Keep back­drops clean

Digital Camera World - - 10 GOLDEN RULES OF SUMMER -

A wide aperture to big up the bokeh is not enough if you want to be rid of all dis­trac­tions Keep an eye on what is go­ing on in the back­ground. It is easy to con­cen­trate on the sub­ject of your shot, and not re­alise that there is some­thing be­hind it that is ru­in­ing what you thought was a per­fectly com­posed scene.

With their longer-than-ever fo­cal lengths and su­per­wide max­i­mum aper­tures, mod­ern lenses have helped make blurred ‘bokeh’ back­grounds very pop­u­lar with pho­tog­ra­phers – but lim­it­ing depth of field is not al­ways enough. A blurred tourist wear­ing a pur­ple cagoule will still pro­vide a nasty back­ground dis­trac­tion, even if you use f/1.4 with your beau­ti­ful 85mm prime; and that branch stick­ing out of the king­fisher’s head will haunt you in your oth­er­wise per­fect shot, even if you did shoot it wide-open with the big end of a 150-600mm zoom.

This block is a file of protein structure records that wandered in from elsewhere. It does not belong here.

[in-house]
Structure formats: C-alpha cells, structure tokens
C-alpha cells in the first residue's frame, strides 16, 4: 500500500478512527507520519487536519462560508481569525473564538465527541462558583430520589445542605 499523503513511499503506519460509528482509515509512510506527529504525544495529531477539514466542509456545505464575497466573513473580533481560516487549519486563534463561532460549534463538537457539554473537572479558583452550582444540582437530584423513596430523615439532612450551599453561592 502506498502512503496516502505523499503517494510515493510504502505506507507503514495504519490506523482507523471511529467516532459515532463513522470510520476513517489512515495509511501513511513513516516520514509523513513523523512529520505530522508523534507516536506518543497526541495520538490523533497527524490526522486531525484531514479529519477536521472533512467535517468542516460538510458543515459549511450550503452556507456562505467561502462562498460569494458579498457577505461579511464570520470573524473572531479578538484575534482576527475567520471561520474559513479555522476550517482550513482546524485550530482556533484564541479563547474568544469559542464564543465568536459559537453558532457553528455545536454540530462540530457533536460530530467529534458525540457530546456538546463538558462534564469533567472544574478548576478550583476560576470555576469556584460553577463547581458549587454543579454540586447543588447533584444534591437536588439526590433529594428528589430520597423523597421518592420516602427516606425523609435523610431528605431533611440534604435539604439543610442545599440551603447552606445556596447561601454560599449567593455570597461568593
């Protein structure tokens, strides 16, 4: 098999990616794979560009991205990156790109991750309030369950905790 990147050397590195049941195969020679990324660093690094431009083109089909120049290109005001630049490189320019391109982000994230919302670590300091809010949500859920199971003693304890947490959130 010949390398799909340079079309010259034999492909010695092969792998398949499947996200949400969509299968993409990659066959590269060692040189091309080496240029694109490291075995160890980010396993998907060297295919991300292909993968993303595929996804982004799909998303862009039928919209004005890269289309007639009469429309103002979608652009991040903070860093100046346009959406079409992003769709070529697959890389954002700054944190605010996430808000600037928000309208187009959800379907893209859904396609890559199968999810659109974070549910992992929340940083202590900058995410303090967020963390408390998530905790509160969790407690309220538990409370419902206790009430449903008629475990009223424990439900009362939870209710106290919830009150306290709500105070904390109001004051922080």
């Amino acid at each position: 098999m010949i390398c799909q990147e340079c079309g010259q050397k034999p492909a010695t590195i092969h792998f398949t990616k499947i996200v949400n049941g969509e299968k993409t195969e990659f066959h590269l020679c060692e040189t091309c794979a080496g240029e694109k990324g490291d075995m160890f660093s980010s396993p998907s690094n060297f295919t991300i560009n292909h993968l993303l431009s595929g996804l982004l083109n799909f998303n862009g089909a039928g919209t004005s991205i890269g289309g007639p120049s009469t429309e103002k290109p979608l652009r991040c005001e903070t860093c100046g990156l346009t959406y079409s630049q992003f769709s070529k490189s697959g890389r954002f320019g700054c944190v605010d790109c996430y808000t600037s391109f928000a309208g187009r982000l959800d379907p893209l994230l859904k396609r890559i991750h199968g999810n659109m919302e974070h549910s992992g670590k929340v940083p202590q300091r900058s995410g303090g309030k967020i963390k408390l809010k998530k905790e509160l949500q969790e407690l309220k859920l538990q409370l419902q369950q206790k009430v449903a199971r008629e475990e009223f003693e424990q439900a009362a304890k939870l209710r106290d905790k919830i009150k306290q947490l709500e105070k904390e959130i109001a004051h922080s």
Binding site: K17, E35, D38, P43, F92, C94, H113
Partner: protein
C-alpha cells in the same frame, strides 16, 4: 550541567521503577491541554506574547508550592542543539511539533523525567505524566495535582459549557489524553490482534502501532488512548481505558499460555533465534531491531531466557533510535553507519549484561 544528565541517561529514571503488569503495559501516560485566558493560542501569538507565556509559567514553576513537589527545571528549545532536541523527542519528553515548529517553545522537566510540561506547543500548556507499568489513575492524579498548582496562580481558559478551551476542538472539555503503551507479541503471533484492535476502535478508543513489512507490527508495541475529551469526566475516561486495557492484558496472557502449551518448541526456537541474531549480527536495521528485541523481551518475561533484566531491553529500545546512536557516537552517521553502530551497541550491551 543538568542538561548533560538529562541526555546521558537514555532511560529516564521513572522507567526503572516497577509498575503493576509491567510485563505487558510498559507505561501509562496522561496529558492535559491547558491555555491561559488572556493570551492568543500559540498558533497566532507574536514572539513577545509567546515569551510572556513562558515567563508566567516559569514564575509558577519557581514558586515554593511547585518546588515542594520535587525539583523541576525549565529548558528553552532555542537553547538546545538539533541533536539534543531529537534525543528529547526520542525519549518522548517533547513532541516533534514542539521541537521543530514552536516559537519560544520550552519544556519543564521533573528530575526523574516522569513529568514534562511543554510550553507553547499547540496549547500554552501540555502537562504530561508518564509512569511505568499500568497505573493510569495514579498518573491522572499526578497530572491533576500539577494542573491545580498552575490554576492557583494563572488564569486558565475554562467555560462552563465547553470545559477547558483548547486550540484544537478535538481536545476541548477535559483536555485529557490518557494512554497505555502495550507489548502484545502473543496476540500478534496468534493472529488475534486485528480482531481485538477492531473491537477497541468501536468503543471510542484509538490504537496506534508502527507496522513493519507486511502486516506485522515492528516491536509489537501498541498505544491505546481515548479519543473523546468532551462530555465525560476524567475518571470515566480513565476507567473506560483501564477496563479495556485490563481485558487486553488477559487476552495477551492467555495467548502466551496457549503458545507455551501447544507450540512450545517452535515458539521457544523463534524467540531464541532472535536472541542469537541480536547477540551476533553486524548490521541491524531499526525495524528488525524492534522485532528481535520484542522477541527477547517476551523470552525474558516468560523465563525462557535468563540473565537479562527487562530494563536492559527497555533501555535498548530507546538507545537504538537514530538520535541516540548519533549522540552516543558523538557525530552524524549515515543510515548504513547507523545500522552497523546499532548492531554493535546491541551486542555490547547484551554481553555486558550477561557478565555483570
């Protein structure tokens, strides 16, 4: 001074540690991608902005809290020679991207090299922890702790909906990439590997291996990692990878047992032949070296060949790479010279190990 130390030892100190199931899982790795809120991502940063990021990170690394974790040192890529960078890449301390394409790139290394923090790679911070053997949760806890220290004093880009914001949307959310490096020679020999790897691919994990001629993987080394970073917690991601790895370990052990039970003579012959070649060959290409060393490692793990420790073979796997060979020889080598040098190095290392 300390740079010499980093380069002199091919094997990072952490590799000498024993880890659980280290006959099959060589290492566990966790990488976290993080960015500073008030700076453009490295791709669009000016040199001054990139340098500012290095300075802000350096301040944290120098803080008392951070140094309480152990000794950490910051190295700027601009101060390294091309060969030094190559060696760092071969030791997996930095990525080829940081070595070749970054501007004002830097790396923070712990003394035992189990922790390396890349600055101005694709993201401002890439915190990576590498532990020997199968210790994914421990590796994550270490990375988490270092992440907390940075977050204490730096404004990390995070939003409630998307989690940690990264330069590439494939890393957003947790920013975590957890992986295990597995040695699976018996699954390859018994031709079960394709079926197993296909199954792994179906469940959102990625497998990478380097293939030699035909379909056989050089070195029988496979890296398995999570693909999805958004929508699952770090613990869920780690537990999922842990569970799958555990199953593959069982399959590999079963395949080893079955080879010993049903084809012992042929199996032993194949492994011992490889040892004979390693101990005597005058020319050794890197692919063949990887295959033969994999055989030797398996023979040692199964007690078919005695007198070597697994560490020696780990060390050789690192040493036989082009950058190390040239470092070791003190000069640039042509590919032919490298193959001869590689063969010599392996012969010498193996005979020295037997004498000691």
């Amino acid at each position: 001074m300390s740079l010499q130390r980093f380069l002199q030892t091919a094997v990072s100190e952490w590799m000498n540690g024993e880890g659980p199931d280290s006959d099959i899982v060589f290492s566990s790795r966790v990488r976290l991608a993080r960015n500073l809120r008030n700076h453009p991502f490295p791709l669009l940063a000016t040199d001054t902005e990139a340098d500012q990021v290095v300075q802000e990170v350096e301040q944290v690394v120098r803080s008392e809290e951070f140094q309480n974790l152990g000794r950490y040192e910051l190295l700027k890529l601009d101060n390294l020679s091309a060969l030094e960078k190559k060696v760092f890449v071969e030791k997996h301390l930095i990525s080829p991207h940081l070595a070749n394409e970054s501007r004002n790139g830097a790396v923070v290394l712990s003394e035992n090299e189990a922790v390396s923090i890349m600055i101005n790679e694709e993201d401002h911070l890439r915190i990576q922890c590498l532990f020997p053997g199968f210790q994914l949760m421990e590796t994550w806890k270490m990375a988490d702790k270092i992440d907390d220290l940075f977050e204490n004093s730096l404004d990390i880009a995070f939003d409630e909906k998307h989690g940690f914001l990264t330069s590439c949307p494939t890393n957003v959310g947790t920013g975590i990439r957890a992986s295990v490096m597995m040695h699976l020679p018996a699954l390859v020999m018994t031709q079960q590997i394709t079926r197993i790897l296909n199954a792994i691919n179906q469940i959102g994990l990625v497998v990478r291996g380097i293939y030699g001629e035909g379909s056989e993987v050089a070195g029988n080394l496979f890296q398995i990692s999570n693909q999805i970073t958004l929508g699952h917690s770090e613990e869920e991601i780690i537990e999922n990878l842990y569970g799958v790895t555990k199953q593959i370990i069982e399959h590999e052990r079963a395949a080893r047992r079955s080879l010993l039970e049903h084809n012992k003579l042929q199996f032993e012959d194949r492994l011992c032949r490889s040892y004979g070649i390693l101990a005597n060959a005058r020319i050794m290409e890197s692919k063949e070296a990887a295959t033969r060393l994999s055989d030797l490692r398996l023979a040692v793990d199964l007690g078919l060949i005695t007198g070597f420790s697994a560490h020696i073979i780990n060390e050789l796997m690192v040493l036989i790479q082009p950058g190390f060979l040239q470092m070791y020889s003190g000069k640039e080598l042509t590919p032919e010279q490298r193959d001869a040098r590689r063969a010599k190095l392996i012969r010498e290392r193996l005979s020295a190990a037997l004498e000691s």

With a DSLR the eye­piece doesn’t pre­view the blur for you, so you need to com­pose in Live View, or shoot an image and check it on-screen. With CSCs, you get a more ac­cu­rate viewfinder pre­view. But ei­ther way, scour the back­ground care­fully, and ad­just your cam­era po­si­tion if you need to en­sure the back­drop is clean: a slight change in cam­era an­gle is of­ten all you need.

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